November 2008

This stew is perfect for these chilly (and oh so rainy here in Vancouver) late Fall days. It warms up the house and fills it with tasty smells. You can serve it alone or over a bed of mashed potatoes. It makes about 6 good sized servings. Yum.


2 tbs. olive oil

4 bay leaves

2 lbs. stewing beef

1 large onion, cut into large chunks

2 tbs. tomato paste

4 cloves garlic

1 tbs. thyme

1 tbs. rosemary

1/4 c. flour

1 c. beef stock

1 1/2 c. Guinness (or other stout)

2 tbs. chopped parsley

4 carrots, chopped

4-5 new potatoes, sliced into chunks

1-2 parsnips, sliced

salt and pepper, to taste

Simmering on the stove (delicious, but not much to look at)

Simmering on the stove (delicious, but not much to look at)


  1. Preheat oven to 275 degrees Fahrenheit
  2. On high heat, in a dutch oven, heat the oil and add the bay leaves and beef. Brown the beef on all sides.
  3. Add the onion and cook until clear.
  4. Stir in the tomato paste and cook for about one minute.
  5. Reduce the heat to low and add garlic, thyme, rosemary and flour. Stir until most of the lumps are gone.
  6. Add the beef stock and beer. Bring to a simmer and stir until the liquid begins to thicken.
  7. Add the vegetables and parsley. Cover and place the dutch oven in the oven. Cook for around 2 hours, stirring occasionally.
  8. Add salt and pepper to taste before serving.

ruination-ipaThe last of the beer we brought back from the Beer Road Trip, Stone Ruination IPA promised “A liquid poem to the glory of the hop!” While it didn’t inspire poetry, it was a decent double IPA that I would drink and buy again. But, it is pretty strong at 7.7% so maybe just a pint!

It is a hazy orange colour in the glass with a zippy pine smell. The first taste is a “hoppy kick in the a$$”* but with a surprisingly mellow finish which makes it quite drinkable.

But keep in mind that it is a double IPA, so if you don’t like hops, you won’t like this … at all.

*as colourfully described by my boyfriend

I must confess, I love shopping and I love things that allow for accessories. Beer is no exception. So this is the first of what I imagine will be many posts about beer accessories…

Here is a roundup of a few versions of stainless steel beer steins from around the web. I liked these steins because they are stylish but not ordinary. Also indestructible! Their clean look would work just as well camping or picnicking as at a classy get-together.

Beer Steins by megs24

1 – Cuisinox Beer Stein – $20 – Golda’s Kitchen; 2 – Stainless Steel Beer Mug – $12 – Forest City Surplus; 3 – RSVP Endurance Double Wall Stainless Steel Beer Mug – $17 US –

moylansI tried this beer at dinner tonight and was pleasantly surprised. It comes in a larger bottle which gave us two good size servings. The ale was a hazy reddish brown in the glass and smelled sweet and toffee-like. The taste was initially sweet but with a nice “twang” (subtly-hoppy) at the end which balanced out the sweetness. It also had a very nice mouthfeel – a little bit thick which seemed appropriate of an Irish ale.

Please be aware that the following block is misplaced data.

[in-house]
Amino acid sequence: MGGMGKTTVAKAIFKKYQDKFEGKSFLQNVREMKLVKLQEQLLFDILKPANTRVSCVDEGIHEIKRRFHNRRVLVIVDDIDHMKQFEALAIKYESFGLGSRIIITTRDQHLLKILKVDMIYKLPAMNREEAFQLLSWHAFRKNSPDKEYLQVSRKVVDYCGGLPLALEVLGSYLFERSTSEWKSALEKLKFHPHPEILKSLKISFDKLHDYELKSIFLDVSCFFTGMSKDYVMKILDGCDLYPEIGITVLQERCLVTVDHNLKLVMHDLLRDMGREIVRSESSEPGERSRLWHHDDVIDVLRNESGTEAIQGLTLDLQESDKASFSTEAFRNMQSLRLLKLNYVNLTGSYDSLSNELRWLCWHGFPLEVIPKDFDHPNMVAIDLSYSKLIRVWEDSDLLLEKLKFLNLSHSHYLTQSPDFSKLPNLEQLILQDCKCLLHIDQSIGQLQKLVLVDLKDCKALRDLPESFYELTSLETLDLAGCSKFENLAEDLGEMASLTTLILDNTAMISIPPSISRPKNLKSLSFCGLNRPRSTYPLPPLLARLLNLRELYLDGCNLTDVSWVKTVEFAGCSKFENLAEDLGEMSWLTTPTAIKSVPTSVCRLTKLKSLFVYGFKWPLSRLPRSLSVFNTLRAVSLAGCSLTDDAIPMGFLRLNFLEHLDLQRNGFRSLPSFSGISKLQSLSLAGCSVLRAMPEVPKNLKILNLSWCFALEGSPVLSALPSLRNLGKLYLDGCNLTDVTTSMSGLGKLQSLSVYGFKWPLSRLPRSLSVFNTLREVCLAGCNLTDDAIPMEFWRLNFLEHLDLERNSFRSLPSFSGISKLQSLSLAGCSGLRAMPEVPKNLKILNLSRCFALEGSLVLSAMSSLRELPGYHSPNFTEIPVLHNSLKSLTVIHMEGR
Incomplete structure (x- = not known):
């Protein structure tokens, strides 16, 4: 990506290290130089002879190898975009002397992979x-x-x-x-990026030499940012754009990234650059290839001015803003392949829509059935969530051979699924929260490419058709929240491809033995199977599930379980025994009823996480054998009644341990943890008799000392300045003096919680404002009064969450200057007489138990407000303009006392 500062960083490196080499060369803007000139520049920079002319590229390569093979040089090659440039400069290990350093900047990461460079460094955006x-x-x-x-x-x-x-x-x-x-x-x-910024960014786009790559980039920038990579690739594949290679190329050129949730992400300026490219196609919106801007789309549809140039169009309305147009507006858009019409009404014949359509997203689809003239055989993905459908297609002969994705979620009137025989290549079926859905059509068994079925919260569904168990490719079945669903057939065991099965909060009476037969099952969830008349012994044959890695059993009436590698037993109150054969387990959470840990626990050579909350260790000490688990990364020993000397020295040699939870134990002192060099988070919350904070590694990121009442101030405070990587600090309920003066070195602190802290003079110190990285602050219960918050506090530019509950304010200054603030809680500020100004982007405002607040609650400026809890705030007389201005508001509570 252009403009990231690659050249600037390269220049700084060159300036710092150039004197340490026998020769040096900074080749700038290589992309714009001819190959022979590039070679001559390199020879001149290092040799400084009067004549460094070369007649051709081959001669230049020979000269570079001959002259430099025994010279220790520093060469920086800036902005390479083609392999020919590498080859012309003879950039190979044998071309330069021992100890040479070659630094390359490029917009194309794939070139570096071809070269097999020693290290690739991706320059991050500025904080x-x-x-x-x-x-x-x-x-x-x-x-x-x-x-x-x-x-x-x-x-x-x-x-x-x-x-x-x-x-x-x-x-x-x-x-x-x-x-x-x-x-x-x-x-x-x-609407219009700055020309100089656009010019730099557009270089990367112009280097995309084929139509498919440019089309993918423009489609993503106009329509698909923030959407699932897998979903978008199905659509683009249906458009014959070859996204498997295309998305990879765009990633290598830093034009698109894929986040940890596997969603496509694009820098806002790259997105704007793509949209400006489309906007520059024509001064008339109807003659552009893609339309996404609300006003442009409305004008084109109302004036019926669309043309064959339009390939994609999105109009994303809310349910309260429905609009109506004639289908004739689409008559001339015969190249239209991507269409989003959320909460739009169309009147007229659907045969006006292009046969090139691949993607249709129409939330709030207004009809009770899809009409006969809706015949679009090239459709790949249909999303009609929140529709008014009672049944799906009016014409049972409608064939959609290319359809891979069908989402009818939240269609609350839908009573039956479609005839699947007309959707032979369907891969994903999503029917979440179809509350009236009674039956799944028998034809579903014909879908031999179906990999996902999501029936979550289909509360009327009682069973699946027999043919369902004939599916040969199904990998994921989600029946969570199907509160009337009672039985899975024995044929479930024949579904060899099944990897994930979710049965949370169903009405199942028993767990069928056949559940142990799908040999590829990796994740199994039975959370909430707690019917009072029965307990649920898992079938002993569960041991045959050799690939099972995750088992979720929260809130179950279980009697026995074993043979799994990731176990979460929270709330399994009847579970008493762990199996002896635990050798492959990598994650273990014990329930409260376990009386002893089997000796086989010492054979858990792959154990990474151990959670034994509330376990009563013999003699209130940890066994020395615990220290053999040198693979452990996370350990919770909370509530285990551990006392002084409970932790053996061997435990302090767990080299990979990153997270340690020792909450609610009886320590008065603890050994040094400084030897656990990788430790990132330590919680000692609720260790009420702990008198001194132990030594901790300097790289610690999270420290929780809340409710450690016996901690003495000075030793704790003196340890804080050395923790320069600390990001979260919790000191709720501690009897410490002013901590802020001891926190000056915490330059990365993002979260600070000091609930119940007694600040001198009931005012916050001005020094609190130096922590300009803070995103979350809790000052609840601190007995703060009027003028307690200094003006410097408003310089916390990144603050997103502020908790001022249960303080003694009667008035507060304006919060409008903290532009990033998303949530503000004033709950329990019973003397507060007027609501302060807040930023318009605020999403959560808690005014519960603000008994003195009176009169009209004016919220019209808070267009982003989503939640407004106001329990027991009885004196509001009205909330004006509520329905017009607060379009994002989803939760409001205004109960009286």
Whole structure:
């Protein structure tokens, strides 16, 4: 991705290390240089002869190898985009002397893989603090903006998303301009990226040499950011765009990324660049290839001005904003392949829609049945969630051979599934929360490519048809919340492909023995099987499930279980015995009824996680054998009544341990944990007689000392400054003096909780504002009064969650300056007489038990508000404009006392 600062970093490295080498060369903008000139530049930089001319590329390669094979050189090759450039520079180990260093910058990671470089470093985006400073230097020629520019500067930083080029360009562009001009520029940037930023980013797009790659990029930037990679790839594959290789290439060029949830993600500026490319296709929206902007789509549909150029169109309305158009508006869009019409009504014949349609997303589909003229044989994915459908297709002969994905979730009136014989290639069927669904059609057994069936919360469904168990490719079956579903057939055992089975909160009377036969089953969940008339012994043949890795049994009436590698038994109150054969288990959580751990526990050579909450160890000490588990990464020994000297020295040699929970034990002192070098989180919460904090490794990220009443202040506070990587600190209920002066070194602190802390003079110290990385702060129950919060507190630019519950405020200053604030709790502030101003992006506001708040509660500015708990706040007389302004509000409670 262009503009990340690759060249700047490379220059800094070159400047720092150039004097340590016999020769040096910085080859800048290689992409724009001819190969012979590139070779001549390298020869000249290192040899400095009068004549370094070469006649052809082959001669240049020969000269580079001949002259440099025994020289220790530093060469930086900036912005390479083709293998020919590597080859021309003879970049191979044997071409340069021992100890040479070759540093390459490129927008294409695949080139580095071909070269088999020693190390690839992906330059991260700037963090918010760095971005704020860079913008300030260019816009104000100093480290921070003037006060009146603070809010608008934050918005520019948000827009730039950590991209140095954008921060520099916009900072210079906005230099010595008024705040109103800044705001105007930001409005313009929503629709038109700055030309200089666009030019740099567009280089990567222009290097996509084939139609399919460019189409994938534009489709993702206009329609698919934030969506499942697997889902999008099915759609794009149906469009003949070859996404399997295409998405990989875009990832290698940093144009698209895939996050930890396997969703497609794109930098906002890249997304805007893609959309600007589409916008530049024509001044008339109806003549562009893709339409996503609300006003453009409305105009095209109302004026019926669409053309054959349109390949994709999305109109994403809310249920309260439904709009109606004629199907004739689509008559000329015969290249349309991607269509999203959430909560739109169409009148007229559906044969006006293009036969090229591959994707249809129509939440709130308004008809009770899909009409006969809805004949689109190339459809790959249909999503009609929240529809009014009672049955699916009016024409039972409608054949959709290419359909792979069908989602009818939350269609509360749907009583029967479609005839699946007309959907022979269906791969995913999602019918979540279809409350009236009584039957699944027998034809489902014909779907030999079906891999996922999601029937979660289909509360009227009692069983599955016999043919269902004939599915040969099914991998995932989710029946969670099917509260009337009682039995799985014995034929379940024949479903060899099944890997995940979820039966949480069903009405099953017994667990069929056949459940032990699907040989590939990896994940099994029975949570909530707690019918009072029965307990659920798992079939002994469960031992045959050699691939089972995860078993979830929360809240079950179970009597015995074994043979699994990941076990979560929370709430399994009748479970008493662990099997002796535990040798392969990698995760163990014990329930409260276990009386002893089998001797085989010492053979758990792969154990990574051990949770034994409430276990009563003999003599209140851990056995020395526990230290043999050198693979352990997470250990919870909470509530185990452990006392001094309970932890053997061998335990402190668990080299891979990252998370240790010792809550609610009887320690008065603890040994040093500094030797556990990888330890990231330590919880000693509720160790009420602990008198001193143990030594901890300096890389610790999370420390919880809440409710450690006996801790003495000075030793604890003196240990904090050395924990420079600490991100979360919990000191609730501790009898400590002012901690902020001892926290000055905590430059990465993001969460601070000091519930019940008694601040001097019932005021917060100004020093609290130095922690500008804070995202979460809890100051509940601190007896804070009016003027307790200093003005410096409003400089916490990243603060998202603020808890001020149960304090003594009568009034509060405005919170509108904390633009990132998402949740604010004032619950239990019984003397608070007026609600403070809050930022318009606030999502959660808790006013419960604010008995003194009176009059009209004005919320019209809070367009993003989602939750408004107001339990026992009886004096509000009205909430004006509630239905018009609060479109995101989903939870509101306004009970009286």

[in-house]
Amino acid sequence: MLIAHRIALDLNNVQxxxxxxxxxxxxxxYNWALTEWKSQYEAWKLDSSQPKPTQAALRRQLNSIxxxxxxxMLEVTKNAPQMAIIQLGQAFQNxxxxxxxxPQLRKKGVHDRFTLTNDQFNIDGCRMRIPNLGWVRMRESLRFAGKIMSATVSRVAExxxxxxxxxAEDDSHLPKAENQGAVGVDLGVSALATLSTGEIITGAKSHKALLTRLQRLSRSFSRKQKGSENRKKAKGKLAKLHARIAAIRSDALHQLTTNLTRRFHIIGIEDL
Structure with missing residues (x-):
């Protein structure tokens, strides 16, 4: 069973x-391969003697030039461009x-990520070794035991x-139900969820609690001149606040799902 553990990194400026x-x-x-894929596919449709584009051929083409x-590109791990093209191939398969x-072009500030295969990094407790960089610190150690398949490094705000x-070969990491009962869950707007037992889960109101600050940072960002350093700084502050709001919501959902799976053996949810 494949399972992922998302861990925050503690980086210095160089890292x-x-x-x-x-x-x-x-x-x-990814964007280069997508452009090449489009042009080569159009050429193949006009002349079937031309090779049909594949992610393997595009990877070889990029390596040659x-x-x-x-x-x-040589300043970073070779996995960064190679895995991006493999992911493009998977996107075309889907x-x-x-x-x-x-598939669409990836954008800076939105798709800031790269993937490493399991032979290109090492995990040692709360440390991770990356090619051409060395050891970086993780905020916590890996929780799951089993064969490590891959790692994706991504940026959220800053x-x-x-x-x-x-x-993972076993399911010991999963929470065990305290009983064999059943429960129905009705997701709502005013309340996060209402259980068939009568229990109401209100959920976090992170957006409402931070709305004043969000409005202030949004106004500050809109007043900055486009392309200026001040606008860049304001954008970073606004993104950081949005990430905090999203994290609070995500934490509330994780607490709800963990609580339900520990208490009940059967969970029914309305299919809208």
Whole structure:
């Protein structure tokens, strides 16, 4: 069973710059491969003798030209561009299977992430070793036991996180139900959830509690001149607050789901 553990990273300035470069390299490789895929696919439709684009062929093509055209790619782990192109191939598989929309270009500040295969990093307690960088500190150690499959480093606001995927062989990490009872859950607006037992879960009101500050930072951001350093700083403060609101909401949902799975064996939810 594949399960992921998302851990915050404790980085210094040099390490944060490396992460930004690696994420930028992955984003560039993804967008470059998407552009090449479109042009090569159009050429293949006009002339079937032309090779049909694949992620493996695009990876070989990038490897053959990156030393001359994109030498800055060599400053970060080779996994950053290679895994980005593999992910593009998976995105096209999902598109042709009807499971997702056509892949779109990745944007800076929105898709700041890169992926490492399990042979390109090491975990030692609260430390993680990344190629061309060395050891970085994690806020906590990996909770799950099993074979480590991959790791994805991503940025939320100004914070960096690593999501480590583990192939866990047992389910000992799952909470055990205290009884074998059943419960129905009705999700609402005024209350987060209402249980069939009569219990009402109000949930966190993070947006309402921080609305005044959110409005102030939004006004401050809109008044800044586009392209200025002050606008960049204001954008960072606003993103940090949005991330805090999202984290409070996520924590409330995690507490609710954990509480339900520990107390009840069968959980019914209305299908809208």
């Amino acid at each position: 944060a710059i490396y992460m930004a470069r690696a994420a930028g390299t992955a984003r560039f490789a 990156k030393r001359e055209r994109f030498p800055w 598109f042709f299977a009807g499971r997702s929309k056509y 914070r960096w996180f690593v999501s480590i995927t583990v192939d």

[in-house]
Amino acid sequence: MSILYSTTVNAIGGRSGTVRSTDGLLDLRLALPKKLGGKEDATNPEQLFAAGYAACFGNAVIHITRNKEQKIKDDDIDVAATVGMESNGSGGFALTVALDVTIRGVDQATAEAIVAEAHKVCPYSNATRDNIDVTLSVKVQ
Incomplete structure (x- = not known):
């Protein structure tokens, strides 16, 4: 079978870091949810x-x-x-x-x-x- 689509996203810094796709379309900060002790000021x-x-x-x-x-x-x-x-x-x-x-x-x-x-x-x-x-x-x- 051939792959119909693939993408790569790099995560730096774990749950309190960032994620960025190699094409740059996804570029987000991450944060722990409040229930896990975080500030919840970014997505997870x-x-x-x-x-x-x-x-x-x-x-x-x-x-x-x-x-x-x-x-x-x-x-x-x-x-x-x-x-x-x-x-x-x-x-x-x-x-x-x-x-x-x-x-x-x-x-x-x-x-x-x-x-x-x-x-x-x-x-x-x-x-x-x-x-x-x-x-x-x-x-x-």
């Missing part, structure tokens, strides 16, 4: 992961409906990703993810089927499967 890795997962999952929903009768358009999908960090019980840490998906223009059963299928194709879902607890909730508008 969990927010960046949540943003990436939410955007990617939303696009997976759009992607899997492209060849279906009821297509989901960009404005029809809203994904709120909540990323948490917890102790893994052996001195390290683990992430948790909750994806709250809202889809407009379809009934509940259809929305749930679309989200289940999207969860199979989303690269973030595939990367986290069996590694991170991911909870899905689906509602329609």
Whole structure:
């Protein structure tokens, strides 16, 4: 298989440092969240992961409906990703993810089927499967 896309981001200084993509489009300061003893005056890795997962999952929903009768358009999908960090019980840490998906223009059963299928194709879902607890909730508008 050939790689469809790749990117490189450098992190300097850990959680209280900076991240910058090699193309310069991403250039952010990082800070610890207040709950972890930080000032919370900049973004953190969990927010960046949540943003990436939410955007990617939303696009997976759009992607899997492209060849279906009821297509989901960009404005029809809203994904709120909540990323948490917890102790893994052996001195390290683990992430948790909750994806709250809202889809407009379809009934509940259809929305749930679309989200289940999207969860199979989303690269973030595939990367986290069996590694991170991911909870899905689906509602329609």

While I had this with chili tonight (only because that’s what happened to be on the menu), it would go well with hearty bread and cheese to balance out the sweetness.

I wouldn’t drink a ton of these at once, but I could drink quite a few! Overall, a nice mellow, but interesting, beer.

This summer my boyfriend and I went on a beer roadtrip through Oregon and California; the goal was to sample as many tasty beers as possible. The first stop on the beertrip was a tour of the Widmer Brothers Brewery – our favourite brewery from our last trip to Oregon. We started out in a tasting room above the Gasthaus Pub with a short video about the history of the brewery; the gist of which was two brothers started out brewing beer in old farm equipment, made good beer and made it big. Following the video, the tour guide poured our group of around 15 a bunch of pitchers of beer (Hefeweizen, Drop Top Amber Ale, Broken Halo IPA and the seasonal OKTO), explained a little bit about each beer and let us sample them until the pitchers were dry.  (Keychain bottle openers were also provided – yay free swag!).

Next, the guide led us across the street to the brewery. There she showed us the pallets of grain and cooler full of hops (yum!) used to brew the beer along with a fancy bottling machine and a row of shiny beer tanks. While all this was exciting, we didn’t actually learn much about the actual brewing process. The guide talked more about the distribution of the beer and partnerships with other breweries than about how they made the stuff. A bit disappointing but easily assuaged by the free pint glass at the end of the tour (more swag!).

Free pint glasses in hand, we ended our Widmer excursion with lunch at the Gasthaus Pub. The food was very good and the beer list extensive. In addition to the 3 regular Widmer brews and the seasonal, the list contained several small batch beers. I sampled a special strong IPA which was a nice complement to my Bratwurst on sourdough with sauerkraut and potato salad. The server also provided us with some complimentary samples of some of the other beers upon request. Overall, a pretty good morning for the price of lunch and a few pints.

Tours are held Fridays at 3:00 p.m. and Saturdays at 11:00 a.m. and 12:30 p.m. Make sure to call ahead to reserve your spot (503-281-2437).

See the Widmer website for more information.